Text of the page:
I’ve even started getting my kids on board, trying simple meditation exercises with them. [Editor’s Note: Headspace actually has several different meditations for kids, including Focus, Calm, and the ever elusive Sleep.] Meditation as a whole has been a practice of letting go of my expectations and notions about what it should be, and accepting my practice for what it is: messy, imperfect, and exactly what I need.
The author of this post is an editorial contributor to Headspace. These are their views, experiences and results and theirs alone. This contributor was paid for their writing.
We are calling it now, kitchen is the new spa… well, sort of! Booking your next spa-cation has never been easier. In fact, you don’t even need to leave your home.
As you gear up for warmer weather it’s time to get your skin into shape and feeling fresh with a fresh exfoliation treatment.
Whether it’s a spa treatment for yourself, or perhaps a loved one, it’s time to roll up your sleeves and reach for the freshest ingredients and our favorite new line, Beauty Hack from SheaMoisture to start operation: Smooth Skin.
We recommend making one serving at a time to stay as fresh as possible.
- 6 tbsp. of Sugar Scrub Base
- 3 tbsp. of 100% Pure Raw Shea Butter
- 2-3 drops Lavender & Wild Orchid Fragrance Oil (we also added in a touch of fresh lavender too!)
- ¾ of a cup chopped cucumber (Wash and leave the skin on)
- Sprinkle a few fresh chopped basil leaves
Use a small whisk to evenly mix ingredients until completely blended. Use a spoon to scoop into a clear jar with an air-tight lid.
Now, you are ready to massage into the skin (we recommend while showering) exfoliate with a sponge and rise like a champ!
There are several instructions and tips that should be followed when you are working from your home. Working from home is a good idea if you are good at staying on task. There are several ways by which you can work from home and get paid easily.
Get everything planned
When you are working from your home office, some things should be kept in the mind such as the timing and various other factors. Some people when they are working from home find it to be very relaxing and easy. What happens next is that they find they are unable to complete work or a project that they are given. They lack that discipline in them to complete the project in the time that is allotted to them. It is very important to complete work in the given time. So, if you are lazy then it’s a big “no” to do work from home. Consider the coolest products for your home that can be tried out to furnish your home in the best way that will foster productivity.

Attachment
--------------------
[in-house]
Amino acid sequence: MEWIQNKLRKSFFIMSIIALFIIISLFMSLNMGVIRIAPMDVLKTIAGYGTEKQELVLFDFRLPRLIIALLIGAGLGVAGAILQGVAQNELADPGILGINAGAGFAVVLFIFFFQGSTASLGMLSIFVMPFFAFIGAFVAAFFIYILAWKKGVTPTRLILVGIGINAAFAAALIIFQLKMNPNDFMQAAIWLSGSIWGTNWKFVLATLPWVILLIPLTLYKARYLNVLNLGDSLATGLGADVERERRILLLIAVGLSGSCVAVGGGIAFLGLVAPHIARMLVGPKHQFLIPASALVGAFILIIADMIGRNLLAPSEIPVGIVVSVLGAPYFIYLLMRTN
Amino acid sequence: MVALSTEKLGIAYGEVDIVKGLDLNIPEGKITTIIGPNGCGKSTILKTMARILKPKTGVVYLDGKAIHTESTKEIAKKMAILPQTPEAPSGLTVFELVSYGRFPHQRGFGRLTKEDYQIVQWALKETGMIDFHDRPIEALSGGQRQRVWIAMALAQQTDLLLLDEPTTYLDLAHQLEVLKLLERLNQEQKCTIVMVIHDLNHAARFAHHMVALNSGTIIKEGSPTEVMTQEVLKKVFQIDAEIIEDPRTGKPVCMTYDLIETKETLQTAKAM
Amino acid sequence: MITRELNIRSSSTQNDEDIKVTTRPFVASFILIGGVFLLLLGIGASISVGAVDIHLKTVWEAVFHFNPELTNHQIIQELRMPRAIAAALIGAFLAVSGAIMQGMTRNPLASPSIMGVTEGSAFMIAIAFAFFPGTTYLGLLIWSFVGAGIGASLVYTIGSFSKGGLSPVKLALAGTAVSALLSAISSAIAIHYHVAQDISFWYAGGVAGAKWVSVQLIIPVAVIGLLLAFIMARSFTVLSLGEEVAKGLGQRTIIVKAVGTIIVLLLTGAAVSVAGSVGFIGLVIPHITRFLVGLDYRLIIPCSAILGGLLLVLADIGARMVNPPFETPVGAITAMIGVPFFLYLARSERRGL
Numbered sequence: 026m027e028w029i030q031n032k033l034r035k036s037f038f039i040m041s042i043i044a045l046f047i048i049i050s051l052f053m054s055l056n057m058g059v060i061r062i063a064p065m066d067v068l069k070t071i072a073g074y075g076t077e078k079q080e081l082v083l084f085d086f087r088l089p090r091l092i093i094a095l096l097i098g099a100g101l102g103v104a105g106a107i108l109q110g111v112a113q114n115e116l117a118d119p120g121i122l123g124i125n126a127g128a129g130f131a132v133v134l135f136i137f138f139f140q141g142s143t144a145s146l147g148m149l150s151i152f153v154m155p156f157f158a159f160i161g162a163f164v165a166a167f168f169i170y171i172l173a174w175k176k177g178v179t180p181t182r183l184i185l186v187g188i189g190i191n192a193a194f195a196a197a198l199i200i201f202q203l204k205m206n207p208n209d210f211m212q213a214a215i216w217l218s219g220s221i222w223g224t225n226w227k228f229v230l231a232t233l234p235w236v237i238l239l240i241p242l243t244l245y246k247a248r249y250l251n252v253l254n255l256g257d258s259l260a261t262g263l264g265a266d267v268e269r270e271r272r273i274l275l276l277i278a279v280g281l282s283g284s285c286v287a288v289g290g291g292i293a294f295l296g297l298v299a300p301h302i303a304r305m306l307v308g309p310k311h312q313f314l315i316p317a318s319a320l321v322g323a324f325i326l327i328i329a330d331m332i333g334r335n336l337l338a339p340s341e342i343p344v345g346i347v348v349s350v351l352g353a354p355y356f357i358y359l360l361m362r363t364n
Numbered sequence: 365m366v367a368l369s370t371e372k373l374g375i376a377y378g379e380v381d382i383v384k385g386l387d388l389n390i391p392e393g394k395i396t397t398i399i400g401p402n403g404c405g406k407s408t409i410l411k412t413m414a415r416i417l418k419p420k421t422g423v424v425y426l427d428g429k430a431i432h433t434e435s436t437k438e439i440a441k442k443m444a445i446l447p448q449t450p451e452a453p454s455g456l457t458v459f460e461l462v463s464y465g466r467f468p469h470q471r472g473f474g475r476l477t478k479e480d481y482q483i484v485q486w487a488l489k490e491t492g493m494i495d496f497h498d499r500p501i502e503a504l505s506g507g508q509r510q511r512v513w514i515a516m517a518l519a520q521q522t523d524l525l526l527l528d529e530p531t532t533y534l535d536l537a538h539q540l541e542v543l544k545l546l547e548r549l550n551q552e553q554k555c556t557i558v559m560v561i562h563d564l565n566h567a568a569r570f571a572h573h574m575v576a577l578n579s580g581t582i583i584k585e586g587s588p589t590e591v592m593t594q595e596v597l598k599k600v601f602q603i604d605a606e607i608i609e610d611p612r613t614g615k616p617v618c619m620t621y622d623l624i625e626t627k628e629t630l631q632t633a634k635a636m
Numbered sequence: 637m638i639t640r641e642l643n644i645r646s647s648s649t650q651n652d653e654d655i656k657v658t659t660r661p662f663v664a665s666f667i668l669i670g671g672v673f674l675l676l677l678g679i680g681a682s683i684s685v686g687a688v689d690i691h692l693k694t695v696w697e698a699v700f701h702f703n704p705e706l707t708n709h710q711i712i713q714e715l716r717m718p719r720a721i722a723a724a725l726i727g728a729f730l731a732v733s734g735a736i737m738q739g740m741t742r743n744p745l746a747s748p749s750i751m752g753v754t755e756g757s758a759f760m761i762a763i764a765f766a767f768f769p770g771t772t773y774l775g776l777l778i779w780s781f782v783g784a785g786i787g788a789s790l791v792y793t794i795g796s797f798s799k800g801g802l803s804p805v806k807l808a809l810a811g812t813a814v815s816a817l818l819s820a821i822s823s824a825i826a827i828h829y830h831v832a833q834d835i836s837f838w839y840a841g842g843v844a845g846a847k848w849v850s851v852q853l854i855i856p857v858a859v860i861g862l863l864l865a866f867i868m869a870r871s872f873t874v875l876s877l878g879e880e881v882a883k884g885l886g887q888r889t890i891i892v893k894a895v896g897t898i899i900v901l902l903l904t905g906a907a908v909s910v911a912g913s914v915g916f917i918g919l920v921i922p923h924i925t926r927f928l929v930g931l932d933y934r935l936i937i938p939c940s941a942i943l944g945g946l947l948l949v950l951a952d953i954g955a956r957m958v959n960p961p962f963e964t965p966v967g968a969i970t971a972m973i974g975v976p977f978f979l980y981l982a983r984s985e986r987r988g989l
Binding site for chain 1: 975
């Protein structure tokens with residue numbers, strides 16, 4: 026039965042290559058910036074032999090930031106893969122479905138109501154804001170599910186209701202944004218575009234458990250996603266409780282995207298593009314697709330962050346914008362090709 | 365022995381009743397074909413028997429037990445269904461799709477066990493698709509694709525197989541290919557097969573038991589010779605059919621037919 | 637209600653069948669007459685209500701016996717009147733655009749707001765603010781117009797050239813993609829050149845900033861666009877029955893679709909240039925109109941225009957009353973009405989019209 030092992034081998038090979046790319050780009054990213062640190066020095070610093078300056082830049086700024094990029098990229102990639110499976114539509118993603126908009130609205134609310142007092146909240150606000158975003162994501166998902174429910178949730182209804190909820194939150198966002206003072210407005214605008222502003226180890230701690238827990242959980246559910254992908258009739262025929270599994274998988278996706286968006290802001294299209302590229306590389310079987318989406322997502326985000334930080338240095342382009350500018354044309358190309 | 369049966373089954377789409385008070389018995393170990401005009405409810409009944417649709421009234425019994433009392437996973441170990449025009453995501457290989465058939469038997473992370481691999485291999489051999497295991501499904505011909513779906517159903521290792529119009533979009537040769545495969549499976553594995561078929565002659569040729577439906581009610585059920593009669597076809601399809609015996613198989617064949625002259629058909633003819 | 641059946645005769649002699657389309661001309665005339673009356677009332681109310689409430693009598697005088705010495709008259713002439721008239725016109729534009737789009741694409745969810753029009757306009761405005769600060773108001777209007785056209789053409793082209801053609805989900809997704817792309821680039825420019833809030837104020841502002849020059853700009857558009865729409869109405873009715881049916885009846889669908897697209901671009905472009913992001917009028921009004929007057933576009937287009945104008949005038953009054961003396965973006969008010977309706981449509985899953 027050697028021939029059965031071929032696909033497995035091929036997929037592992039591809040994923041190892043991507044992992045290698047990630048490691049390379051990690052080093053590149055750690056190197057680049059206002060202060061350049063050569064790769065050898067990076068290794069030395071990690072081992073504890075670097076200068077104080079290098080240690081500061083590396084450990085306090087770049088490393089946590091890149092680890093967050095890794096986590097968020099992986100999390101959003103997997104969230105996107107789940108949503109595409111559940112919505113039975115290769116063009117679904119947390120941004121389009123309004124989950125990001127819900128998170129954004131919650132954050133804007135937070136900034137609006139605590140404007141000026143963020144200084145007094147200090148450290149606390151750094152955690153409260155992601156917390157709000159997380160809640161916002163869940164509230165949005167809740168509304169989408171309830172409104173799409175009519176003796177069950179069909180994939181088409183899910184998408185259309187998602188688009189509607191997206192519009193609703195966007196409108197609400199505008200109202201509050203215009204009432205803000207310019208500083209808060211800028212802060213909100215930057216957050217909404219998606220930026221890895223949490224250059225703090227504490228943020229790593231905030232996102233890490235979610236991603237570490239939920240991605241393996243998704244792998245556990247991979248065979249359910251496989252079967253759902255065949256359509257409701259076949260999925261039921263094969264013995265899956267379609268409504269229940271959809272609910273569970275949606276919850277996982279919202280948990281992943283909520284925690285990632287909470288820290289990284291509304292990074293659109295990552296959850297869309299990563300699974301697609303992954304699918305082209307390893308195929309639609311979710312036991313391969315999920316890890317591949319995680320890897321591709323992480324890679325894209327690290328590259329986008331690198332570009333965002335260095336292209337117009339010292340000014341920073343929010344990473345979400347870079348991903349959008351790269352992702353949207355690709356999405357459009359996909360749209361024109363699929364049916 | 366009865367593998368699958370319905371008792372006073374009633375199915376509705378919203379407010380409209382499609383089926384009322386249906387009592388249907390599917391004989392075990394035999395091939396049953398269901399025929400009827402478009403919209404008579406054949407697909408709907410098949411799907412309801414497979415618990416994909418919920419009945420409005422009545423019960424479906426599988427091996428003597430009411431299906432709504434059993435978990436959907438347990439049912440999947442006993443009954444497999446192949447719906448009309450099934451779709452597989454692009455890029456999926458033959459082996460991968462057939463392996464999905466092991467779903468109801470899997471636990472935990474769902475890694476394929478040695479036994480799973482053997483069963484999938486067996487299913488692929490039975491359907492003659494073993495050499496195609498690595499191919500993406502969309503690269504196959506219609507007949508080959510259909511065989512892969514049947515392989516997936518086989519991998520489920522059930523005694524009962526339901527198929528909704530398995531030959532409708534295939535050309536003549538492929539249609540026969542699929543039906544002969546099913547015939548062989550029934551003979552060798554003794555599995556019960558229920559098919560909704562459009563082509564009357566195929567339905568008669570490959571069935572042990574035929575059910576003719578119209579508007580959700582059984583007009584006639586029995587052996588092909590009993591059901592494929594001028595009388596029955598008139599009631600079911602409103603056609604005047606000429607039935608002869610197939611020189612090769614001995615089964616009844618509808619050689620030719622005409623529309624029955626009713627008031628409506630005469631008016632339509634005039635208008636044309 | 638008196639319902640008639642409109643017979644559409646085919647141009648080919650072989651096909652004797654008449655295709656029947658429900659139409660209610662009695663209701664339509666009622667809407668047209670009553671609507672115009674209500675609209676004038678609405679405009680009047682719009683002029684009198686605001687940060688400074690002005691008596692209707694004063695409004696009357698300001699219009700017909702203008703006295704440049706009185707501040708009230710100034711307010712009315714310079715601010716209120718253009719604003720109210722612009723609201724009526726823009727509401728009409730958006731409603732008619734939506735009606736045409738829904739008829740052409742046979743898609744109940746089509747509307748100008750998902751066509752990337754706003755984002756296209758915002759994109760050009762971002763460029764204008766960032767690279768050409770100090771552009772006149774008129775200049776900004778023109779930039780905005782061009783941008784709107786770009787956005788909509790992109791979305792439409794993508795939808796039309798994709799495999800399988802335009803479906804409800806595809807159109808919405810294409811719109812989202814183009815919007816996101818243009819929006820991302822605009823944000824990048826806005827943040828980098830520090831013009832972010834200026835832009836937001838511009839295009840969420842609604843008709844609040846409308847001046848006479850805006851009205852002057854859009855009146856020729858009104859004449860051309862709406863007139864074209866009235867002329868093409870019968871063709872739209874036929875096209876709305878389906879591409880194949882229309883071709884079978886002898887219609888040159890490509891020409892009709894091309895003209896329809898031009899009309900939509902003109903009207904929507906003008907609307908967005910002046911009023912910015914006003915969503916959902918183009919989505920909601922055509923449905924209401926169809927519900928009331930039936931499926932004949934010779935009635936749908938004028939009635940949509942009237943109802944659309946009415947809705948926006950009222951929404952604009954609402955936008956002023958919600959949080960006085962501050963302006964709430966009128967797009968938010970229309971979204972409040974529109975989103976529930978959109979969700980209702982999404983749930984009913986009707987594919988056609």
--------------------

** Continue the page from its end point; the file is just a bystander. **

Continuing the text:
Submit everything on time
It’s very important for any job to do the work or submit work on time so that you can easily enjoy the time that is present. Completing the job from home is a good way to not put your brain through too much pressure and stress to complete the task.
Jot down all the points
All the points that you will need or require should be jotted down first so that you can easily complete a task. The idea is smart because it will save you time and keep you organized. If you jot down main points and search the internet well beforehand then you can save time, making your task easier.
Organize the tools
When you are working from home it is very important to organize the equipment and tools that you will need and place them in front of you so that you don’t face any kinds of problems. Problems should be avoided so that you can complete your task with ease. Finding the right tool may take a lot of your time. So, it’s good to organize things in a strategic way.
The right job
It is very important to find the right job that will suit your personality. The correct job is very important to find out. Working a job from home is ideal but only the correct job will give you fulfilment which will lead to a long and prosperous career.
This DIY takes me back to when I first started DIY-ing. My favorite thing to do, and still what I consider the most gratifying type of DIY, was to take something old and make it new. In most cases, all it would take is a fresh paint job. It still gets me how some spray … Continue reading “DIY Copper Vases”
Christina Dicken has been awarded a Blue Ribbon for Quesadilla Burgers
“The concept of using quesadillas as a bun is genius. They add a cheesy crunch to the delicious burger. The meat itself is moist and full of taco flavor. The fresh pico on top is a burst of flavor while the ooey gooey pepper jack cheese is perfection. These are definitely decadent… and delicious!”